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Biden’s sweeping infrastructure, social spending bills finally get a vote -Breaking


© Reuters. FILEPHOTO: Night view of the U.S Capitol from Pennsylvania Avenue in Washington (U.S.A), October 24, 2021. REUTERS/Sarah Silbiger/File Photo

WASHINGTON (Reuters] – The U.S. House of Representatives was poised to approve the core of President Joe Biden’s domestic agenda on Friday: a $1.75 Trillion bill for social policy and climate change and a $1 TRILLION bipartisan infrastructure bill.

Biden’s two legislation pieces represent monumental action from Congress. This includes the most significant upgrade of America’s roads, bridges, and airports in decades and the largest expansion social programs since 1960.

Following weeks of disagreement between progressives and moderates, legislators were scheduled to start hours of discussion on “Build Back better” social legislation. Despite fierce opposition from Republicans, Democrats plan to get it through narrowly divided Houses and Senates.

The Democratic-controlled House was also expected to enact the Senate-passed infrastructure bill and send it on to the White House for Biden’s signature.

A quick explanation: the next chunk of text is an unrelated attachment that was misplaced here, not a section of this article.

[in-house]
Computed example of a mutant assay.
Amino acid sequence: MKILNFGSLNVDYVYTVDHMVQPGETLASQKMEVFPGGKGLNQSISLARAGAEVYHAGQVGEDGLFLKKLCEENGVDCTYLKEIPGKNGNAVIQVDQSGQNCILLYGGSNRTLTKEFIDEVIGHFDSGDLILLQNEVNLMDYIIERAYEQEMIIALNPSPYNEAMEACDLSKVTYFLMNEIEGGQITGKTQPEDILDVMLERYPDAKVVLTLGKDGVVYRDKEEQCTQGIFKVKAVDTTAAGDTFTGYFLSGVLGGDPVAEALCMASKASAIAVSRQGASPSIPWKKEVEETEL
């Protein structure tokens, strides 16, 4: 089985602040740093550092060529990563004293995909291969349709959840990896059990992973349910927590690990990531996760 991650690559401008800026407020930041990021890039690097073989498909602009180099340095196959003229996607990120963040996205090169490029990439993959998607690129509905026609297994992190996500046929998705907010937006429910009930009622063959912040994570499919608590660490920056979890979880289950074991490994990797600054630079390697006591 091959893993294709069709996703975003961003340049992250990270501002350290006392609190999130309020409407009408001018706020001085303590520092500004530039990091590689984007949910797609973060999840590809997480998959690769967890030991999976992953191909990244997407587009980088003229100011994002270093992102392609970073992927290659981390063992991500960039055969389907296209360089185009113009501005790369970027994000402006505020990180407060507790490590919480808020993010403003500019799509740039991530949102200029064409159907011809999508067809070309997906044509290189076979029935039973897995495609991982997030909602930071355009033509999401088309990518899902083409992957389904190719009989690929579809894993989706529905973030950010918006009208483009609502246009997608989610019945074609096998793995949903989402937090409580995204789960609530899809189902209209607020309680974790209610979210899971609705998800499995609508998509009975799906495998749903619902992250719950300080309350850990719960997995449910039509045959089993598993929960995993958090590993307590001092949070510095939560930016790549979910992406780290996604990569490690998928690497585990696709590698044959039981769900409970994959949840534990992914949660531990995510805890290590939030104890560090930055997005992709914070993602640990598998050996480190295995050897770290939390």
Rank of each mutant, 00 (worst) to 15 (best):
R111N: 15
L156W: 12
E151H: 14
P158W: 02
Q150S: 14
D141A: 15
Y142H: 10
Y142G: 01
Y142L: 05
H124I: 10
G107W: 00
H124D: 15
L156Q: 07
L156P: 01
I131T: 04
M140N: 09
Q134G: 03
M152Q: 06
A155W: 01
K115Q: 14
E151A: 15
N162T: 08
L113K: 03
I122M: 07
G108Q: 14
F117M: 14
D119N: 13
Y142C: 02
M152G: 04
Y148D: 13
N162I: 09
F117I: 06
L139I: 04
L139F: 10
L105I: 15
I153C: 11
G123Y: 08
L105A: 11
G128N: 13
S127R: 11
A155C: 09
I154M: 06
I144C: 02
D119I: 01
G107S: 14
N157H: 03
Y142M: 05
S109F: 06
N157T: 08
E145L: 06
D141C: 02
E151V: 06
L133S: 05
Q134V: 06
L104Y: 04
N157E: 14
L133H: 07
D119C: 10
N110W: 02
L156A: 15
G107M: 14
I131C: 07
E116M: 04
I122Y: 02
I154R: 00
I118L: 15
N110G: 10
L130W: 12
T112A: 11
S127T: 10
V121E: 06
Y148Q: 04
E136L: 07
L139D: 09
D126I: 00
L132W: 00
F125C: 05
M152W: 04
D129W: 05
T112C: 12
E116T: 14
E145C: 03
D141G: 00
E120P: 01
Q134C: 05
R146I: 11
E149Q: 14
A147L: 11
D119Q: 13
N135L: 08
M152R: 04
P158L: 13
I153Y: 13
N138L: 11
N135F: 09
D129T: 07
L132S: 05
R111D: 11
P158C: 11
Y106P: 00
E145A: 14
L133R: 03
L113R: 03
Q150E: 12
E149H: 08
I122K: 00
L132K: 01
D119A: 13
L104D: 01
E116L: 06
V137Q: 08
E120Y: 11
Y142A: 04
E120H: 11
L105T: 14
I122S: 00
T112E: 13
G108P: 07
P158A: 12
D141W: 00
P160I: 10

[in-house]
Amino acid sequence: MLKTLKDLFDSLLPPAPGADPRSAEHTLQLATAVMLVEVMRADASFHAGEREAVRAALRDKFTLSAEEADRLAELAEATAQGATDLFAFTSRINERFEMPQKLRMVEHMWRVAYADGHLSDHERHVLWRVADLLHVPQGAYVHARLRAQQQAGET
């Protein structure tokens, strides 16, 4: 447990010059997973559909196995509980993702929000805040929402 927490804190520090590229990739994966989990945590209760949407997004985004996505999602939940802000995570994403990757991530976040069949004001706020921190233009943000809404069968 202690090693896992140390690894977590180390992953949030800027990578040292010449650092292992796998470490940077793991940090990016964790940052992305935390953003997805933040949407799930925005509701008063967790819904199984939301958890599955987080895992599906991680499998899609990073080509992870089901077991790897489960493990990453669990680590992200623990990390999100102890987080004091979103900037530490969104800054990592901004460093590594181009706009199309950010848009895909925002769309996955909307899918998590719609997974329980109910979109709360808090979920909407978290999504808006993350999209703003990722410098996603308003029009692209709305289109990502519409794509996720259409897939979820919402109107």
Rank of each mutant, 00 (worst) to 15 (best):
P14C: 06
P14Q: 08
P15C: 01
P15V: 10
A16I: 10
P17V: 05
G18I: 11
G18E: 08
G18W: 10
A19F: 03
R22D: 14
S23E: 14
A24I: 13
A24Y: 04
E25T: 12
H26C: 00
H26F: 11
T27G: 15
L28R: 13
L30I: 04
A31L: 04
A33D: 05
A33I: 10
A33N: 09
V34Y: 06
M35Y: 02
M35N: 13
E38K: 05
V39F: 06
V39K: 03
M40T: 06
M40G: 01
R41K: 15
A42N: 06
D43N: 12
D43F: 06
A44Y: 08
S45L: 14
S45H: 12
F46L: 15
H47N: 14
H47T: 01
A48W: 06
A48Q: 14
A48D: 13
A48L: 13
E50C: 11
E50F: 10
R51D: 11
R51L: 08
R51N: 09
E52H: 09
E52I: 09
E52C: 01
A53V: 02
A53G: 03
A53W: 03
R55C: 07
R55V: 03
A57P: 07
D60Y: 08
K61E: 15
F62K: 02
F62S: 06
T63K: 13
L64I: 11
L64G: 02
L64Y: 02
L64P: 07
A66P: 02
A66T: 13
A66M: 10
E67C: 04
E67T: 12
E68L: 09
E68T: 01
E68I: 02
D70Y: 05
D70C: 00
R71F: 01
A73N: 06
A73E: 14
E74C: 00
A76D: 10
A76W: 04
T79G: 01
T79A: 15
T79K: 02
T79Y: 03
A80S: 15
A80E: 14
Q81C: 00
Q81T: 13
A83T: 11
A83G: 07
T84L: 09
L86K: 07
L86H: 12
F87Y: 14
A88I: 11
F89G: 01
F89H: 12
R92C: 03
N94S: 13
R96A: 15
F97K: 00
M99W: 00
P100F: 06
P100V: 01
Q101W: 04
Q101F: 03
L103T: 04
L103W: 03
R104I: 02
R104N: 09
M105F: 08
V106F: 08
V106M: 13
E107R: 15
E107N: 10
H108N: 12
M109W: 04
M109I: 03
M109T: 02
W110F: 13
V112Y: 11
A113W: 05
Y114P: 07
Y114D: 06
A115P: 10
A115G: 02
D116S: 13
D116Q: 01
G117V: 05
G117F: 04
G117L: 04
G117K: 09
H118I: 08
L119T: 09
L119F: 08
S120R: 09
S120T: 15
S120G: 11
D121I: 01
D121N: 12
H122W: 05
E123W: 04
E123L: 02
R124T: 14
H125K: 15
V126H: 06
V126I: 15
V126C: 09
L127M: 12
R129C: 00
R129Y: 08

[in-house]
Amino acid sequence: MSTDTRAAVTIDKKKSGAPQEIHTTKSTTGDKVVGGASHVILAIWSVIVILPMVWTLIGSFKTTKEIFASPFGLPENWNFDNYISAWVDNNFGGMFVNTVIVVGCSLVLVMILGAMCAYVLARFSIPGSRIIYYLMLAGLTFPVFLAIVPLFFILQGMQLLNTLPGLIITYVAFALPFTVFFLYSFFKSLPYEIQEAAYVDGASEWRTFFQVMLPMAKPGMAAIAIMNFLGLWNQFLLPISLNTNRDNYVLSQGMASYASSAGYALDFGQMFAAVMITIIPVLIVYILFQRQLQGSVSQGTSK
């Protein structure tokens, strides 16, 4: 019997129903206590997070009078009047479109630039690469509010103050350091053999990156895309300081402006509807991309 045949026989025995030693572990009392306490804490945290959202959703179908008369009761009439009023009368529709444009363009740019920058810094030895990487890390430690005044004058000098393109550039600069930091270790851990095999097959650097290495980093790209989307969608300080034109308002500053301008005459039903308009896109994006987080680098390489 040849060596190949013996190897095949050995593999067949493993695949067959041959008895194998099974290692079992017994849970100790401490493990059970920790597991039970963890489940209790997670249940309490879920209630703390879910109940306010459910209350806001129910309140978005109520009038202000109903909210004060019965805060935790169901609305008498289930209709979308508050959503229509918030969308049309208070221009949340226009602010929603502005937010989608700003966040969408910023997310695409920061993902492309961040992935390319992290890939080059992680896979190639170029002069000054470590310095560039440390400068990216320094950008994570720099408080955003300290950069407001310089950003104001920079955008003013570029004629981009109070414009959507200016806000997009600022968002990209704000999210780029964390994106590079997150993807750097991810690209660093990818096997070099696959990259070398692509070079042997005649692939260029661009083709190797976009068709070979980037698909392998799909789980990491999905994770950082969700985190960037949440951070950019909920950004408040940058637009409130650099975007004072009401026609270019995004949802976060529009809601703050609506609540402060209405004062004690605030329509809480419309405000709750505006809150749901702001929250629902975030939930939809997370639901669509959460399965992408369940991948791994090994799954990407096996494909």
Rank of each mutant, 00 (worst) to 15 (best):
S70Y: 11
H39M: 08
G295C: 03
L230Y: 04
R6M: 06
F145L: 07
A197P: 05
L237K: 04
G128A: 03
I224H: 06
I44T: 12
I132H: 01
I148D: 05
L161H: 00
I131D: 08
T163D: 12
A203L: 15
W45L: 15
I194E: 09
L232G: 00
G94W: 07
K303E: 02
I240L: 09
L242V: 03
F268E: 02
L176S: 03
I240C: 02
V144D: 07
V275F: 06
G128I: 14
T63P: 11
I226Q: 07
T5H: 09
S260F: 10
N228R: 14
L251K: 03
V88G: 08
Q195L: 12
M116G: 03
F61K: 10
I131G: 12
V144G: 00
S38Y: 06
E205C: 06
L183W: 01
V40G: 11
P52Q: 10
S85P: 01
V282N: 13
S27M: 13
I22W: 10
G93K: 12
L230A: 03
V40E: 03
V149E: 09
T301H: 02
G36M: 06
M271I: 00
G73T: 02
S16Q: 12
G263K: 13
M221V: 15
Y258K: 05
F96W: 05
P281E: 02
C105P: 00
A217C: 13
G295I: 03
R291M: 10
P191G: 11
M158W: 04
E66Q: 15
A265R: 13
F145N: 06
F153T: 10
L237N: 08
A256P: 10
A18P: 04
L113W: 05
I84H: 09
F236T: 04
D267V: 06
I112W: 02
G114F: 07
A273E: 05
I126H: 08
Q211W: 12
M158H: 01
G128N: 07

An affirmative vote would bolster the credibility of Biden’s pledge to halve U.S. greenhouse gas emissions from 2005 levels by 2030 during the U.N. climate conference taking place in Glasgow.

Biden traveled to Europe last week, where he attended the G20 Leaders Meeting. Biden spent part of Thursday evening calling House members, asking them for approval of the reconciliation bill.

Friday’s legislative momentum comes after a disappointment for Democrats in Virginia where a Republican was elected governor in a state that Biden won in 2020.

This party wants to prove it is capable of moving forward with the President’s agenda while fighting back against Republicans in the 2022 midterm election when control over the Senate and House will be at risk.

Nonpartisan U.S. Joint Committee on Taxation released a report estimating that the tax revenue provisions of the “Build back Better” legislation will generate $1.48 trillion in the next ten years.

However, top Democrats claimed that the bill was completely paid for.

Nancy Pelosi, House Speaker and Richard Neal Chairman of the Ways and Means Committee said that the analysis failed to account for revenue generated by provisions to improve the Internal Revenue Service tax collection and lower the price for prescription drugs under the Medicare Healthcare Program for the Elderly.

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